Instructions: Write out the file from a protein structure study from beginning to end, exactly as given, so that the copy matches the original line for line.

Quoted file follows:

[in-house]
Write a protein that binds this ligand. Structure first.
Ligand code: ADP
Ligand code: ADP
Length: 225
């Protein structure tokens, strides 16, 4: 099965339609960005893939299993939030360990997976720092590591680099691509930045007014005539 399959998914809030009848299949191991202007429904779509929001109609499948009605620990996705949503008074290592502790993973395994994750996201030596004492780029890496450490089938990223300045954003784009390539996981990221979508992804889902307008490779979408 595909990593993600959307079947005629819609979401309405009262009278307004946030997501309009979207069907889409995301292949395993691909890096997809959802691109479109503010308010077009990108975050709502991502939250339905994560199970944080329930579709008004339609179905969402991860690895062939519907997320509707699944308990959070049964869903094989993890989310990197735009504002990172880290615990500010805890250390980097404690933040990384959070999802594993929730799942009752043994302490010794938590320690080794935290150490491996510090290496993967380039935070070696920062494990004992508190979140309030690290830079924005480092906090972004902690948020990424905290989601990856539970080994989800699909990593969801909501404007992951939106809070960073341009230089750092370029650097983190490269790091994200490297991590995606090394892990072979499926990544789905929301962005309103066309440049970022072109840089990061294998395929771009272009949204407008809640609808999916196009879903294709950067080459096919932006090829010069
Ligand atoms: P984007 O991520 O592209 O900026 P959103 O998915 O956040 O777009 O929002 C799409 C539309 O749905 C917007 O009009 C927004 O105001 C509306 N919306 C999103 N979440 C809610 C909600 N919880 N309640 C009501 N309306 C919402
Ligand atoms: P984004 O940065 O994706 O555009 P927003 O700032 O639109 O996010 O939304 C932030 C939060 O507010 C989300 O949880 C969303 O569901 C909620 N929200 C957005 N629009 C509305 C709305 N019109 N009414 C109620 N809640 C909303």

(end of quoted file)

[in-house]
Write a protein that binds this ligand. Structure first.
Ligand code: ADP
Ligand code: ADP
Length: 225
């Protein structure tokens, strides 16, 4: 099965339609960005893939299993939030360990997976720092590591680099691509930045007014005539 399959998914809030009848299949191991202007429904779509929001109609499948009605620990996705949503008074290592502790993973395994994750996201030596004492780029890496450490089938990223300045954003784009390539996981990221979508992804889902307008490779979408 595909990593993600959307079947005629819609979401309405009262009278307004946030997501309009979207069907889409995301292949395993691909890096997809959802691109479109503010308010077009990108975050709502991502939250339905994560199970944080329930579709008004339609179905969402991860690895062939519907997320509707699944308990959070049964869903094989993890989310990197735009504002990172880290615990500010805890250390980097404690933040990384959070999802594993929730799942009752043994302490010794938590320690080794935290150490491996510090290496993967380039935070070696920062494990004992508190979140309030690290830079924005480092906090972004902690948020990424905290989601990856539970080994989800699909990593969801909501404007992951939106809070960073341009230089750092370029650097983190490269790091994200490297991590995606090394892990072979499926990544789905929301962005309103066309440049970022072109840089990061294998395929771009272009949204407008809640609808999916196009879903294709950067080459096919932006090829010069
Ligand atoms: P984007 O991520 O592209 O900026 P959103 O998915 O956040 O777009 O929002 C799409 C539309 O749905 C917007 O009009 C927004 O105001 C509306 N919306 C999103 N979440 C809610 C909600 N919880 N309640 C009501 N309306 C919402
Ligand atoms: P984004 O940065 O994706 O555009 P927003 O700032 O639109 O996010 O939304 C932030 C939060 O507010 C989300 O949880 C969303 O569901 C909620 N929200 C957005 N629009 C509305 C709305 N019109 N009414 C109620 N809640 C909303």